Something to consider when hiring a senior portraits photographer, or any artist for that matter, is that you are not hiring them just because they have the equipment that you lack, but because of their experience. You are paying them for their vast knowledge and the skills and techniques that you have acquired over the years. If you are looking at someone who just bought their first DSLR and wants to take it out to practice with it - well, then don't be surprised if they don't deliver pictures that you feel confident in, or that are ranked below your peers' portraits when going through the yearbook.
if you are hiring a "cheap" photographer then expect to look cheap.
If a great experience is your goal, then plan to spend a little more. If it seems like it's out of your budget find a compassionate photographer who will work with you and offer payment arrangements and/or plans with your contract.
6. how much are they charging?
This goes along with what experience they have. Again - when you are paying someone for your senior pictures you are paying them for their knowledge and their developed skills. They may have obtained their skill set from real world experience, school or a combination of the two. There is nothing wrong with either. You do not have to hire a person with their M.F.A., but if you do then expect the price to be high. This also goes for individuals who have been shooting for 20 years, and have worked long enough to open up their own portrait studio where the overhead for their services is much higher than those of us who choose to shoot on-location and make the world our studio. More things to think about when considering cost:
Proximity - how far are they, and are they willing to travel? are there mileage fees?
Portfolio - how much, and WHAT is in it?
Payment - making multiple payments, seasonal discounts, mini-sessions, etc.
5. what is their reputation like?
Look for testimonials on their website, or on other listings websites. At the moment, it is said that businesses who rank at about 4.5 stars is likely to be more trusted than businesses with 4 stars, or of course 1. If you are experienced with business, then you know it's unlikely to actually have five stars, and somewhere along the line at least one person is going to incorrectly interpret your contract or find something to be negative about. That's just life. However, if it's every single customer that the photographer has served, that's saying more than just one or two unhappy people out of hundreds.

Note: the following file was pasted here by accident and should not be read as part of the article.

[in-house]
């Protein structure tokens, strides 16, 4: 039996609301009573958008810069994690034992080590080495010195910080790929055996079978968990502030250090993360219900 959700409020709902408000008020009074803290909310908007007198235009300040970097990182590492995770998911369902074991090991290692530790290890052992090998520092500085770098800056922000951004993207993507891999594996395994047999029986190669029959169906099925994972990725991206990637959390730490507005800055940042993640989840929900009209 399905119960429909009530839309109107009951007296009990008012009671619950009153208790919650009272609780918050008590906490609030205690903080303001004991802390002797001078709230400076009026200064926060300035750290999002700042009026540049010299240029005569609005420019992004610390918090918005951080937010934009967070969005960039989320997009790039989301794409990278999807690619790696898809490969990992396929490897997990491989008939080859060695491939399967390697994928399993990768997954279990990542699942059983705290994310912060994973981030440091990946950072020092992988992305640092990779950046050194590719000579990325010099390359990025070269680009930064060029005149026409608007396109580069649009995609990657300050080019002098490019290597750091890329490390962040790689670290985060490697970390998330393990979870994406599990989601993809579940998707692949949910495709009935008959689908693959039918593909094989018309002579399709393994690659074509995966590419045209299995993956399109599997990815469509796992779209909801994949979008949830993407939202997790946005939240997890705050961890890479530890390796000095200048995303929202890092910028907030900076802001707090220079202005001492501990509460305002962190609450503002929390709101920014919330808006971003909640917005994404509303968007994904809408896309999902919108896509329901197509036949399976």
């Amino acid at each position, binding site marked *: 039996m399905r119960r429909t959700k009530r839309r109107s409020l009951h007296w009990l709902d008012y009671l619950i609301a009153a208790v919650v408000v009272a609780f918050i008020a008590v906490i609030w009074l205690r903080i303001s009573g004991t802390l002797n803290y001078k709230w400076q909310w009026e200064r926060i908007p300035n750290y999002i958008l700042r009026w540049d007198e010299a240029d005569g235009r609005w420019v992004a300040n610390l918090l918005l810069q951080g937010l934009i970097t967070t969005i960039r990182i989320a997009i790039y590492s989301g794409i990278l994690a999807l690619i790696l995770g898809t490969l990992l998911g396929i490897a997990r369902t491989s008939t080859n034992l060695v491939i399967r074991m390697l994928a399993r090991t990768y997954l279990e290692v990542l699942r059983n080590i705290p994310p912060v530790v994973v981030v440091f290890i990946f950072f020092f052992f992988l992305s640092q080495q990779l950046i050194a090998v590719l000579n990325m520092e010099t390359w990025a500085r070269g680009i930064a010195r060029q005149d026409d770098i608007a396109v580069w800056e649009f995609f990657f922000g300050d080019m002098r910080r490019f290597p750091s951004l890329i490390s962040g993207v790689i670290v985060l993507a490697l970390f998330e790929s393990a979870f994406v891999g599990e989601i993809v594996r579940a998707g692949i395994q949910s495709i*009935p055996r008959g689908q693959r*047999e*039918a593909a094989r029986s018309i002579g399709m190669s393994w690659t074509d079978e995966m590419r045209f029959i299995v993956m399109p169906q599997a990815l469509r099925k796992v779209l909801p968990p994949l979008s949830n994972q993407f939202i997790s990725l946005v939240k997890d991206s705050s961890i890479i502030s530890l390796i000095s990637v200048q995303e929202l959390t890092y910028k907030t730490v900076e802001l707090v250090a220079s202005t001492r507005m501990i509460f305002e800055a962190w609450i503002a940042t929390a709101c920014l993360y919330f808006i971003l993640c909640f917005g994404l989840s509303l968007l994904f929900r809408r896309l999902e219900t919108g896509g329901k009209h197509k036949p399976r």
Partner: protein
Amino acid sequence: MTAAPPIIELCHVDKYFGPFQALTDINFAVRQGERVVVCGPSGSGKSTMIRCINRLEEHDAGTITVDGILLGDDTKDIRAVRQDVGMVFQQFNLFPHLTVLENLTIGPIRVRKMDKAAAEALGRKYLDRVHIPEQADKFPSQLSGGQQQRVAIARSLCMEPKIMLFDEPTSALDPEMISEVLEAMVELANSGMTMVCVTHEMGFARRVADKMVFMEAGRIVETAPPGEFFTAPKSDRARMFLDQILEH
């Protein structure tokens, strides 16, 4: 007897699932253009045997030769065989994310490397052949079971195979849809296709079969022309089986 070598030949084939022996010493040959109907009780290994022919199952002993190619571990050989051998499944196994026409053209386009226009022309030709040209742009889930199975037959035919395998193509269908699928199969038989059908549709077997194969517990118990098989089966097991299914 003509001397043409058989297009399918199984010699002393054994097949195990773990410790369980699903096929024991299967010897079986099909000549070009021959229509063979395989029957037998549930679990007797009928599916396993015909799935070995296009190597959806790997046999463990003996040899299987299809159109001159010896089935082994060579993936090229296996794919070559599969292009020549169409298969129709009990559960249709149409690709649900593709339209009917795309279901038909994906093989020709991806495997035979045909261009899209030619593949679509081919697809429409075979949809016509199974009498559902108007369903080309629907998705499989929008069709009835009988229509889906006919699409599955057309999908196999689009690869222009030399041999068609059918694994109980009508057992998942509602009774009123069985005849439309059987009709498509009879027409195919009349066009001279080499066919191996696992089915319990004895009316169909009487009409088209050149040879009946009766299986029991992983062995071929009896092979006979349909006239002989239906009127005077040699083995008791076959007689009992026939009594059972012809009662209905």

Be warned, though it is not uncommon to see photographers who do not use listings sites. We are at a bit of a disadvantage a lot of the time, because most of us do not have brick and mortar locations making it so that we aren't registered on a lot of listings sites which require it.
Reviews don't just come from those listings sites, however.
You may have friends who have used that photographer, or even a different one who can offer some insight. Word of mouth goes a long ways!
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4. is it someone you could imagine hanging out with as a friend?
Weird, right!? But you don't want some washed up, boring old photographer with no personality that makes you feel awkward throughout your photoshoot, trust me. Awkward moments make for awkward pictures, and there is some level of interpersonal skills that photographers need to have in order to make their clients feel comfortable whether it's teens, children, business professionals or animals! Understanding diversity and being able to get along with people of all types of backgrounds and with varying personality types is an absolute must.